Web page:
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Former ATO boss Michael Cranston abused power to hear his son Sydney Court



Updated

January 23, 2019 21:54:50

The Sydney Court has heard that the deputy commissioner of the former Australian tax office misused their position to influence a collaborator to take advantage of his son.

Former Deputy Tax Commissioner Michael Cranston has been accused of trying to set up a meeting between ATO and parole company Plutus, who was facing a $ 40 million bill in taxes and other costs.

Mr Cranston's son, Adam Cranston, was associated with Plutus, who took services such as salary and supervision to government departments and businesses.

Crow said that between April and May 2017, Mr Cranston told an employee that after contacting the audit team to handle Plutus, after requesting for his son's help.

A tax office investigator who conducted a secret audit of plots told the court that he had received a letter from the employee inquiring about the case and after that he talked with his supervisor, "brought many worries".

Mr. Cranston's lawyer, David Stahley SCA, argued that Plutus had the right to interrogate his client in a tax assessment letter, in fact it was an electronic signature of Mr Cranston.

Soon after sending the letter, ATA Platus received a garnishi command to effectively cool the bank account and to stop the contractors from paying and operating the business.

Mr Stahlie said that the contractors then started talking to the media.

"At that time there was a lot of publicity, there were many contractors who did not make the payment," he said.

He said that ATOs will make major changes about how they deal with customers.

Mr Cranston then tried to hold a meeting between ATO officials and Plutus.

"[Mr Cranston] The tax office attempted to ensure that this type of promotion was not received, where it was found to be misusing its power. "

Colleague asked to find son's business associate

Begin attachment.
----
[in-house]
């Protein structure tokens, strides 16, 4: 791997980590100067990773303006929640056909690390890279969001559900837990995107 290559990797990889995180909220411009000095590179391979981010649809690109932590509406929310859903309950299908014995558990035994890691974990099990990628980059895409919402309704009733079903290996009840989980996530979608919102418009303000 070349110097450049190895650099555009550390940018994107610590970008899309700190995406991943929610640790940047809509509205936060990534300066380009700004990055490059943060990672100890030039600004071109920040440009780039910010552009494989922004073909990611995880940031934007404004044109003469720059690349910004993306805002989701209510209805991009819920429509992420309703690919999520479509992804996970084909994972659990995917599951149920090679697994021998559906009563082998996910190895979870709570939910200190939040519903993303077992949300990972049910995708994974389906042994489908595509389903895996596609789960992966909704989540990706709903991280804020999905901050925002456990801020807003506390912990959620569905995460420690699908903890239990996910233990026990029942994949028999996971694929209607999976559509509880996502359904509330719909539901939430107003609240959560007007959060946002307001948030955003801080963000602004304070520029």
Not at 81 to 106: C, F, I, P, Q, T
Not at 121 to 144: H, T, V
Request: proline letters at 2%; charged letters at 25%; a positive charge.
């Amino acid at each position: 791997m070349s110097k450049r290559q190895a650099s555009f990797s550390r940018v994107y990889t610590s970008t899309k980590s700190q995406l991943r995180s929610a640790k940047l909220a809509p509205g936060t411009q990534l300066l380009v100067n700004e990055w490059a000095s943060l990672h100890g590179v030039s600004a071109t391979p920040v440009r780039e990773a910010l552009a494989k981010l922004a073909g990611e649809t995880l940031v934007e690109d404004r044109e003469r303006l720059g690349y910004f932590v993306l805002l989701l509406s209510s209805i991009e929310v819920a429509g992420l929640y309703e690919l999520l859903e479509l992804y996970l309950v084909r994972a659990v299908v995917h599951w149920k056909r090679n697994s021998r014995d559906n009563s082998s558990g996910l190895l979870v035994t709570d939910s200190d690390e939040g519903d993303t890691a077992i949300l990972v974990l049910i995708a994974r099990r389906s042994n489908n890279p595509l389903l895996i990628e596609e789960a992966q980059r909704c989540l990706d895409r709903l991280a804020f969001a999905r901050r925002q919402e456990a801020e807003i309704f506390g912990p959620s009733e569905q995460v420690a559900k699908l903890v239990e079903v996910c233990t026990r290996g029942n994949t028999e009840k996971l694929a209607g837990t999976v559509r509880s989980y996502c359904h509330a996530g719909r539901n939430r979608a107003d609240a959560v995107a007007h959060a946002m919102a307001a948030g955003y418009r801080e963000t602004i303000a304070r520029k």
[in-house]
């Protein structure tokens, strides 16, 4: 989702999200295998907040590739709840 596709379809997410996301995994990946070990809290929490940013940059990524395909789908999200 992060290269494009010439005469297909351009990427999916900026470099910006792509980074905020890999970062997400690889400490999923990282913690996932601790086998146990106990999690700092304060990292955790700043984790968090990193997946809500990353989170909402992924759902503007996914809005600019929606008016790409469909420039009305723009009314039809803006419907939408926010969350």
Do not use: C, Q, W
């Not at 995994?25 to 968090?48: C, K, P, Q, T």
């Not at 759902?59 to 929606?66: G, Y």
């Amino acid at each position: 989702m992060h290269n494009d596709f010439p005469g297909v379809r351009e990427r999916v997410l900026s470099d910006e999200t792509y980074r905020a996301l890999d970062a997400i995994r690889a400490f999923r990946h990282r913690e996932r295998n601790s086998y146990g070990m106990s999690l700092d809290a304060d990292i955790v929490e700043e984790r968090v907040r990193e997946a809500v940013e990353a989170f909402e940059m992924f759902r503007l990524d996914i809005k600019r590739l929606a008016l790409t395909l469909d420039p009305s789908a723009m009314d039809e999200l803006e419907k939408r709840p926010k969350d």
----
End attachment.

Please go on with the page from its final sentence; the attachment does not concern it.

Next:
Mr Cranston has not convicted his son during the January and February 2017 accusations of using his position to obtain disproportionate information to get the benefit.

In Early Statements for the Crown, Peter Neal SCA said that Mr Cranston struggled to express interest.

Crow accused that Adam Cranston asked his father whether or not the ATO auditioned a professional partner named Simon Encital.

He said Mr Cranston had obtained a committee to try to find the secret tax office records but described it as "restricted".

Mr Neal said that Mr Cranston gave information to his son, Mr Anquetil puts his son in the "tip off" position.

"[He had a] A clear conflict of interest as the deputy commissioner of taxation, which was involved in the investigation of the suspected tax suspects who threatened major suspected contracts … some may be criminal at some high level.

"He must immediately cancel himself and reject the request."

Mr Neal added that the accused also had a duty to inform ATO her son's request.

The trial is going on before the jury in the Sydney District Court.

Topics:

Law-crime-and-justice,

Court-and-trial,

Corruption,

Fraud-and-corporate-crime,

NSW,

Sydney-2000

First posted

January 23, 2019 21:18:50


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